Alcoholism and Mental Health Problems
- Effects of Alcohol Addiction on The Brain
- Alcohol Addiction and Post-Traumatic Stress Disorder
- Does Alcohol Abuse Cause Stress?
- Alcohol Abuse and Depression
- Alcoholism and Suicide
- Does Alcohol Abuse Cause Memory Problems?
- Alcoholism and Anxiety Disorders
Effects of Alcohol AbuseAlcohol abuse and mental illness constitute a major public health problem.
- 0.7% of all years of life lost to poor health, disability or early death can be attributed to alcohol--the most for any psychoactive substance. 5.76% can be attributed to mental disorders.
- Additionally, mental disorders are responsible for around 19% of the Years Lived with Disability (YLD) world over.
Effects of Alcohol Addiction on The Brain
Prolonged alcohol abuse has been associated with structural and functional changes in the brain.
- Alcohol dependence can lead to generalized atrophic changes in the brain.
- Also, certain regions of the brain, such as frontal lobe systems, are more vulnerable to the adverse effects of alcohol as compared to other regions.
All these changes in the brain can contribute to the emergence of a comorbid psychiatric condition.
- It has been proposed that common neurobiological pathways may be involved in alcohol dependence and various psychiatric disorders.
- Moreover, the psychosocial stresses that go hand in hand with a life-impacting alcohol dependence can exacerbate a susceptibility to mental illness.
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The presence of a psychiatric disorder can also increase one's propensity to abuse substances.
It has been proposed that patients with psychiatric disorders may try to self-medicate with substances (including alcohol) to achieve:
- Relief from the psychiatric symptoms of the illness.
- Reduction in the adverse effects associated with medicines used to treat these disorders.
Alcohol Addiction and Post-Traumatic Stress Disorder
- PTSD and alcoholism may share a common genetic vulnerability that partially accounts for their co-occurrence.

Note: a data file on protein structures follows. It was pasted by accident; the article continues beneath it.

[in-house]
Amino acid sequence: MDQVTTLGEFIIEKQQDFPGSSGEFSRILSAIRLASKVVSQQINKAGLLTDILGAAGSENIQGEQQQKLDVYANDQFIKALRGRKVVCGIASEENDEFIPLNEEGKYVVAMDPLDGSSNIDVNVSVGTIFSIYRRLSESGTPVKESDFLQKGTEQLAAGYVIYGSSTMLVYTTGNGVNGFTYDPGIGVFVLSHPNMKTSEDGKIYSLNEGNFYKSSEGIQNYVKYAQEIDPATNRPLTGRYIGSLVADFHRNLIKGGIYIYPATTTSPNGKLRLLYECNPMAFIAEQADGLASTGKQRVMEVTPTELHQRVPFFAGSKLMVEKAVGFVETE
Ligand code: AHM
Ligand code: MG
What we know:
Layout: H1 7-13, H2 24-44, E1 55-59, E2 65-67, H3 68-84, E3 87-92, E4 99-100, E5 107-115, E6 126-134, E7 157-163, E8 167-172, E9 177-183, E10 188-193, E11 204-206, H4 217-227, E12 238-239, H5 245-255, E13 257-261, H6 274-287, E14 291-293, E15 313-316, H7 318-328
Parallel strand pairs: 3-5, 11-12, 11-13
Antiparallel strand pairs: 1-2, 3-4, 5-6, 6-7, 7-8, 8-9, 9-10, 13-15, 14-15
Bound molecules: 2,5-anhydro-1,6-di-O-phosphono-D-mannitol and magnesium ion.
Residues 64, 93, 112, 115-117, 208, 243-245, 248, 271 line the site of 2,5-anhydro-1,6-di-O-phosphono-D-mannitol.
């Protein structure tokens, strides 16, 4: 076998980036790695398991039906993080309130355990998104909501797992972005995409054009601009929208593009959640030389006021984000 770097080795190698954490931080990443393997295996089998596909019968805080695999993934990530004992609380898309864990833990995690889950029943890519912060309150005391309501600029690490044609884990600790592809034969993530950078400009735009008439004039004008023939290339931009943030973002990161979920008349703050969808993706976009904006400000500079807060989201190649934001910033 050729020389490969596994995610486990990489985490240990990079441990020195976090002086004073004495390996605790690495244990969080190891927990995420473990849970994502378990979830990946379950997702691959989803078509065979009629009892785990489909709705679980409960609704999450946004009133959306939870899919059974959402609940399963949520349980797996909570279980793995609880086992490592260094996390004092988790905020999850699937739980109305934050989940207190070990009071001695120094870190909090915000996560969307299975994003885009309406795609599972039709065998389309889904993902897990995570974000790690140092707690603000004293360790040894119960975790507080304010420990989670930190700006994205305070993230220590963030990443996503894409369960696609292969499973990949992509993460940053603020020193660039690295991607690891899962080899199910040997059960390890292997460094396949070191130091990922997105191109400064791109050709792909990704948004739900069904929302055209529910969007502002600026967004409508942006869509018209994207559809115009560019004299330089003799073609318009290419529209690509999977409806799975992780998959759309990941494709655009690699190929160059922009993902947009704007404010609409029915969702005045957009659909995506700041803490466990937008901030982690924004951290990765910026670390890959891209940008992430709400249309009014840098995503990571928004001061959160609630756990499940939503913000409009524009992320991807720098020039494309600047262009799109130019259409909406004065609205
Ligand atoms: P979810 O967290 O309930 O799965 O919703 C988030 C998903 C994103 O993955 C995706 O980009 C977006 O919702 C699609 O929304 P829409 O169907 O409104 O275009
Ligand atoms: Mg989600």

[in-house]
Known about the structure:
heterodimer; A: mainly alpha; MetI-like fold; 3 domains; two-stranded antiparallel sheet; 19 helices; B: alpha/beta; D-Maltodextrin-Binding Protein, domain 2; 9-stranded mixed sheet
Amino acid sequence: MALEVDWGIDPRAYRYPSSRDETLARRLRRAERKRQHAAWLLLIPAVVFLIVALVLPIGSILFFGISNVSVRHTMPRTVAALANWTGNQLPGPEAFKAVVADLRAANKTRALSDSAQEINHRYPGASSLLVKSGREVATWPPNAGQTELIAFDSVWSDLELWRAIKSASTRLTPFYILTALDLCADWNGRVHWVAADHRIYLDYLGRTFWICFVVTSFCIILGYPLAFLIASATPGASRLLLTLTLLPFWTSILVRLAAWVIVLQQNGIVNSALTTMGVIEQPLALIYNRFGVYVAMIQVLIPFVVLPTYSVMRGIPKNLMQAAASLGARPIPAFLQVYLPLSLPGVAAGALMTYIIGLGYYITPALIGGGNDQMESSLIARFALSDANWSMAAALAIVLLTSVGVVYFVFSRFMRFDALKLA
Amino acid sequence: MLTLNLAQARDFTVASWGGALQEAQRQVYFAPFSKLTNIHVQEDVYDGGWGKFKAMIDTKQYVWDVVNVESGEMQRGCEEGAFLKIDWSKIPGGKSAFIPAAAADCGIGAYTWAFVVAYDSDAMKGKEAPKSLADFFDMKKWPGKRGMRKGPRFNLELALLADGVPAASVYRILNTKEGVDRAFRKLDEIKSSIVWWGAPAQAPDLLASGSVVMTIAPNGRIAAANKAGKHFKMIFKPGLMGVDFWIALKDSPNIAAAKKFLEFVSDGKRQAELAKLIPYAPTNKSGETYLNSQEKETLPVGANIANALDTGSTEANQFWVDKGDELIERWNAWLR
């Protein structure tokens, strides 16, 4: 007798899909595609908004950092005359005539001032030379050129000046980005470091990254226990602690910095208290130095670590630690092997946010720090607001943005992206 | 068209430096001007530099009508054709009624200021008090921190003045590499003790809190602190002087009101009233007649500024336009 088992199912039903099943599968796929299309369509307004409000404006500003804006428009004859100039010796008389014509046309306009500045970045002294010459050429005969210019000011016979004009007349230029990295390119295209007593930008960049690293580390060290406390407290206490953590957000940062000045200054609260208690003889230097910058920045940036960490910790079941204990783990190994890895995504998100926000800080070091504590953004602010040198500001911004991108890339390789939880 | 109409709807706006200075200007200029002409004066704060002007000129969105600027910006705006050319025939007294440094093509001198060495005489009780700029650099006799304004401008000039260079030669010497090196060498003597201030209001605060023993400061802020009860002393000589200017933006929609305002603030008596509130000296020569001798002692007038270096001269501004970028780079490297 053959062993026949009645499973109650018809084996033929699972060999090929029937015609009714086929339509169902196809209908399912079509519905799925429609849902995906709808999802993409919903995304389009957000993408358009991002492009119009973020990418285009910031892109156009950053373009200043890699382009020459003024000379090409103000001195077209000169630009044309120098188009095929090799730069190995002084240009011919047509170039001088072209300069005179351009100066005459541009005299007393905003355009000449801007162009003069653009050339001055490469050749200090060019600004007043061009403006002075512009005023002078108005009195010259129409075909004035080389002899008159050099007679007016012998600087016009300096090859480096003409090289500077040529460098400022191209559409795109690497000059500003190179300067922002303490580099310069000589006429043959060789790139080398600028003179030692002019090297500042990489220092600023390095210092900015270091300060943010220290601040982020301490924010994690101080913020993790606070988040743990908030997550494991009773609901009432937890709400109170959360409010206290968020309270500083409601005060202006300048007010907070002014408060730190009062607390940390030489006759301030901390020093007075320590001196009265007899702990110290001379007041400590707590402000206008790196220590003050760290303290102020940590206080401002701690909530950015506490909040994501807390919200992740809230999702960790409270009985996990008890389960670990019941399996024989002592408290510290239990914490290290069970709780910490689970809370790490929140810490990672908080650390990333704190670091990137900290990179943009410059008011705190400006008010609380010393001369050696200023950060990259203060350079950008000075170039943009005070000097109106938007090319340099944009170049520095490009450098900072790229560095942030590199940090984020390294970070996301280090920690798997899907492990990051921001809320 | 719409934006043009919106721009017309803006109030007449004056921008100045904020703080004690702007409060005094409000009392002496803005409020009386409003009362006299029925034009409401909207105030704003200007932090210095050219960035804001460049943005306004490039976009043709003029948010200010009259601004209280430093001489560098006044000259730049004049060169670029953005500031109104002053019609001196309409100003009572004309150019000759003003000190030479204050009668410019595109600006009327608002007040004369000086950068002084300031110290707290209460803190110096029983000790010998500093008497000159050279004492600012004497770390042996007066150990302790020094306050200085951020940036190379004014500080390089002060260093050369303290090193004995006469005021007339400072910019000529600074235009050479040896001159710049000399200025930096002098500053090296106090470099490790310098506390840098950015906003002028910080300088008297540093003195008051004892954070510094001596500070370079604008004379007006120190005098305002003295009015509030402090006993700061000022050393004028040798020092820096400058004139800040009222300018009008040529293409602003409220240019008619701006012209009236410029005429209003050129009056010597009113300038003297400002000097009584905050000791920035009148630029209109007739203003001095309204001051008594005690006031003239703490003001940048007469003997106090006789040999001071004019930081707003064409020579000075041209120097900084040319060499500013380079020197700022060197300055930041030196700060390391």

- Additionally, the environmental factors associated with the emergence of PTSD can also explain the presence of comorbid alcohol abuse in these individuals.
There is limited research on the relative effectiveness of treatment interventions for co-occurring PTSD and alcohol dependence. The following interventions have demonstrated some success:
1. Sequential Treatment
- This program offers six weeks of skills development followed by six weeks of trauma processing.
- The participants have to complete a rehabilitation program with six months.
- It has been found significantly reduce symptoms, along with a reduction in alcohol use and drinking to extreme intoxication.
2. Concurrent treatment
Utilizing Cognitive Behavior Therapy (CBT) for PTSD in the addiction treatment setting has been associated with a reduction in PTSD symptoms and lower composite scores on the Addiction Severity Index (ASI).
3. Integrated treatment
Approaches based on group CBT have been found to be effective in reducing substance use and trauma-related symptoms in some studies but not in others.
- Recently, a randomized controlled trial of combined naltrexone and exposure therapy was shown to be a feasible intervention with potential benefits.
Does Alcohol Abuse Cause Stress?
Alcohol abuse has been reported to adversely impact stress. While alcohol in low doses may improve performance on complex mental tasks during stressful situations, its use has been shown to increase stress response mechanisms.
- Alcohol use has been found to alter the release of 'stress hormones' from the hypothalamus, pituitary, and adrenal glands.
- Experimental studies among humans have shown that while alcohol can lead to a reduction in the hormonal response to stress, it leads to an extended negative subjective experience of a stressful event and delays recovery.
- Finally, alcohol use can worsen one's response to stress.
Alcohol Abuse and Depression